Why It’s OK to Steal From Other Games (Sometimes)

One of the hardest things out there in games, even with established developers with major publishers, is coming up with something new. It’s part of the reason why we have as many series either being continued or killed off as we do. The industry, while relatively recession-proof, is still very risk-averse. So, with the creation of new IP’s, you tend to get interesting mixtures of the new idea with elements inspired by successful or promising games. Due to the mixture of design philosophy of Gearbox’s Godfall, that is part of the reason why I’m intrigued by the subject.

Just for an example before we get into the core subject, we’ve seen this practice multiple different times. Aside from the Rogue-likes and Souls-like games, we’ve seen it in plenty of other places. Just for an example, Diablo has inspired a lot of different game, if not in look, then in mechanics. For example, some of the things that it ended up inspiring, at least in terms of presentation, include Bastion or Torchlight among many others. Some of the mechanics, like random equipment generation and splitting up skills via archetype, were a starting point for the Divine Divinity, though Divine Divinity also borrowed some other aspects like reputation and branching dialog options came from other sources like Elder Scrolls, Ultima, and D&D-based games. Speaking of D&D-based games, guess where Pillars of Eternity, Tyranny and Pathfinder: Kingmaker pulled their inspiration from. They were inspired by things like Planescape: Torment, Icewind Dale, and Baldur’s Gate just to name a few.

There are also games that succeed in part because they shifted to being part of a more popular franchise. Super Mario Bros 2 spun out of a suspended prototype that was eventually made into adventure game Doki Doki Panic, which was then converted back into a Mario game. It just took a while to figure out how to get things working on the already aging NES. On the other side of the scale, sometimes something incredibly popular is created by abandoning the design of an installment for something already popular. For example, Devil May Cry was originally being developed as a Resident Evil installment, though it was abandoned and completely changed when the fixed camera angles hindered gameplay. Though in switch development to what ultimately became Devil May Cry, that also taught some lessons on how to free up the camera so that Resident Evil 4 would work.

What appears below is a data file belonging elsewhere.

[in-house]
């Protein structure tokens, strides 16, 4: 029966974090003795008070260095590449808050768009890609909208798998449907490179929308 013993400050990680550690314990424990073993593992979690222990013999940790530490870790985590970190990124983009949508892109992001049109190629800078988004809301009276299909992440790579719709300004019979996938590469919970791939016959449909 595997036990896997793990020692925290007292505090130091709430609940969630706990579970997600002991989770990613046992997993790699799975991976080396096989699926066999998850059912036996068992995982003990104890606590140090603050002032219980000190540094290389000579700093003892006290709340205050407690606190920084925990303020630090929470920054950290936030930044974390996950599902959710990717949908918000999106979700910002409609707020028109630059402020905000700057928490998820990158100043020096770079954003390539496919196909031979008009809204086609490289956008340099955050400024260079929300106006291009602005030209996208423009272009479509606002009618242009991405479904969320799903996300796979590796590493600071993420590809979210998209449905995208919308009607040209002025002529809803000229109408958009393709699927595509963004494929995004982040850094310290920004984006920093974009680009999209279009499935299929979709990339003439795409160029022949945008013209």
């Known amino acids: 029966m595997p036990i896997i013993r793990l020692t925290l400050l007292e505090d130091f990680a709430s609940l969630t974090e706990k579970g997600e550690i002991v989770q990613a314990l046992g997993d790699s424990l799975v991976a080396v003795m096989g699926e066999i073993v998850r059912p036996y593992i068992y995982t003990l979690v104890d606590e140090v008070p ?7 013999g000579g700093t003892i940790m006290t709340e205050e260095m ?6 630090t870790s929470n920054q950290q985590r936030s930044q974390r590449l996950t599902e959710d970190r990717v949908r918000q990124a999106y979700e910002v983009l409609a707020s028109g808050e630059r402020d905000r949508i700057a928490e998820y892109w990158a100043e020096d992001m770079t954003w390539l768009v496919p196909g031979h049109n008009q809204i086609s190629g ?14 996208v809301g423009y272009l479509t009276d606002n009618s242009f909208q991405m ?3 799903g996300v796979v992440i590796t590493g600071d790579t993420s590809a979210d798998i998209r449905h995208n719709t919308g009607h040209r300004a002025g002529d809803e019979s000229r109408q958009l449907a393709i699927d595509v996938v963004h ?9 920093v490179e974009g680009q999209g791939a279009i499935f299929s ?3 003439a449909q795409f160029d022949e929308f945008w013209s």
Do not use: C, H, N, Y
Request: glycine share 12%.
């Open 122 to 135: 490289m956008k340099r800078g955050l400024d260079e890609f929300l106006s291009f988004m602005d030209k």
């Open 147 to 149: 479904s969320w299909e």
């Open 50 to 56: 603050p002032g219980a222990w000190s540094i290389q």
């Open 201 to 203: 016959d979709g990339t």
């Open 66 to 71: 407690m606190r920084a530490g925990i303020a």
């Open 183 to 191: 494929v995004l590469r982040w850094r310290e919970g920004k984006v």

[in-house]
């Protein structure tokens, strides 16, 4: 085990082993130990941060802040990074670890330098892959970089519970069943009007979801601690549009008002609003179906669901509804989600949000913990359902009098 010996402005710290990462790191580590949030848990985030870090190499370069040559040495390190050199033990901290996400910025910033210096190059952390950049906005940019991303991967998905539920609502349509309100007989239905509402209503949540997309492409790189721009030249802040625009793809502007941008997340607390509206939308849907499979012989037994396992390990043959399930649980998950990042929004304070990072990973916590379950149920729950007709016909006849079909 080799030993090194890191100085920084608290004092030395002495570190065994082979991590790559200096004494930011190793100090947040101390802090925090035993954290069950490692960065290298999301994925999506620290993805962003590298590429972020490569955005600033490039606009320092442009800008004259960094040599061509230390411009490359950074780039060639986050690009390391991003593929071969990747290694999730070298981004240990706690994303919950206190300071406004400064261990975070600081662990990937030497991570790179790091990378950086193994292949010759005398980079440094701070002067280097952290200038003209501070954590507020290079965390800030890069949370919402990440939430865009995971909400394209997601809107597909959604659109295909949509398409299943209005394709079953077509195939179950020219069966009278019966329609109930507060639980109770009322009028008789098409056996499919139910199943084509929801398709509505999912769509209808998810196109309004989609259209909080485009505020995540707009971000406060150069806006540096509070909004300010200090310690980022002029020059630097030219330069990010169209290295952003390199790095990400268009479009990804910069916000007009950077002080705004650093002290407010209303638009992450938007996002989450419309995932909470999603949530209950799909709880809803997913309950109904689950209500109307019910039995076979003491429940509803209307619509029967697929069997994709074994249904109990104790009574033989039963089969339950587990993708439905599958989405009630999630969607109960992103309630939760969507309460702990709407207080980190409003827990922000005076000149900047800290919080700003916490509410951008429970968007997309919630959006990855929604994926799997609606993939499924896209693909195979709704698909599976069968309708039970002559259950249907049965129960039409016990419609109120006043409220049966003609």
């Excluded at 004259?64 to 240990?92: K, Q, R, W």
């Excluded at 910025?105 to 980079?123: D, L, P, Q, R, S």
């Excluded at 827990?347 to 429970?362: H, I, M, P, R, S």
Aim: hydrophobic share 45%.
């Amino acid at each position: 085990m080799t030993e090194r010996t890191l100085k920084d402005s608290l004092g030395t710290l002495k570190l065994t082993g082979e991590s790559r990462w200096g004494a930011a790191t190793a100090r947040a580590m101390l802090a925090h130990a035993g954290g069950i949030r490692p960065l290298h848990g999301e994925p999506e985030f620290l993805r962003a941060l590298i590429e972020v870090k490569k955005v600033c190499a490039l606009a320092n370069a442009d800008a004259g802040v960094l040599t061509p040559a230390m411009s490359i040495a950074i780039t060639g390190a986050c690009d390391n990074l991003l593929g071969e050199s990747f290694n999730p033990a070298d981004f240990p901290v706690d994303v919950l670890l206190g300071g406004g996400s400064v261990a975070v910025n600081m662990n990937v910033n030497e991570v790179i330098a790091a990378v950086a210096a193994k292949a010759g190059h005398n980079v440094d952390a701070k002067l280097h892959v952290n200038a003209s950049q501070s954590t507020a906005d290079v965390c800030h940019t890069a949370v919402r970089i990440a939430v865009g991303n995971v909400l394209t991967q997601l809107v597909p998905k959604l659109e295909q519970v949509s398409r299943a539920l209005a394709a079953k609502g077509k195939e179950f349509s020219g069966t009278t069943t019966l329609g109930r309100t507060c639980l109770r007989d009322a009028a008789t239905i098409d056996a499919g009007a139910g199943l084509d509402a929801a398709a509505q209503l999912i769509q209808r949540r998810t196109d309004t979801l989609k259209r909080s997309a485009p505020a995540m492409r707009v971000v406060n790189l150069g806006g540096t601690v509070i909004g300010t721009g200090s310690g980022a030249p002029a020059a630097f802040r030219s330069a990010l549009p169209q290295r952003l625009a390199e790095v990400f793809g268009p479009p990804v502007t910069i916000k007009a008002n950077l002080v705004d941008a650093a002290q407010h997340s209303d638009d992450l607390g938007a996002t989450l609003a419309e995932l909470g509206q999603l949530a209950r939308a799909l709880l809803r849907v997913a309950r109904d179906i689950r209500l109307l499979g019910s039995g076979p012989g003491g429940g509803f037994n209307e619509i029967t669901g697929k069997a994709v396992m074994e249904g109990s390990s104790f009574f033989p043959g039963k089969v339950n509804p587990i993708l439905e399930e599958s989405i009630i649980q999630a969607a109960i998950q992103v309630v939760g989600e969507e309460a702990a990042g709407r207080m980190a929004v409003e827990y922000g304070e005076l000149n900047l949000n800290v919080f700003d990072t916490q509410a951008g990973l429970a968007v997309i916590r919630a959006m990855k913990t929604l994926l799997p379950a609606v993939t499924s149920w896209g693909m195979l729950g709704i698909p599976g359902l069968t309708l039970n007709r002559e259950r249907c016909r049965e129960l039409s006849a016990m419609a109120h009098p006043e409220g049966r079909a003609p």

Why It’s OK to Steal From Other Games (Sometimes)

Now, on to what really spurred this article. In Sony’s State of Play, they revealed gameplay for Gearbox’s PS5 exclusive Godfall. While we already knew Godfall was coming, it was the first gameplay that we saw, which allowed a bit more of a design philosophy. Due to the looter/slasher adventure approach, there’s already obvious inspiration and borrowing from games like Diablo and Darksiders. The shifting gameplay styles based on what you’re wearing and wielding coupled with an attention to the rhythm of the battle can be seen as taking pretty strong influence from the Souls-like genre as well. Those things in a world as beautiful as Godfall’s makes for a very compelling invitation.

At least that’s based on the information and gameplay we’ve seen so far. I might have to update this the next time they show more gameplay. But based on what it seems to be drawing from coupled with Gearbox being the developer, I’m expecting great things. Sure, taking elements from other games doesn’t always work out. But Godfall seems to be hitting the right stride for success.

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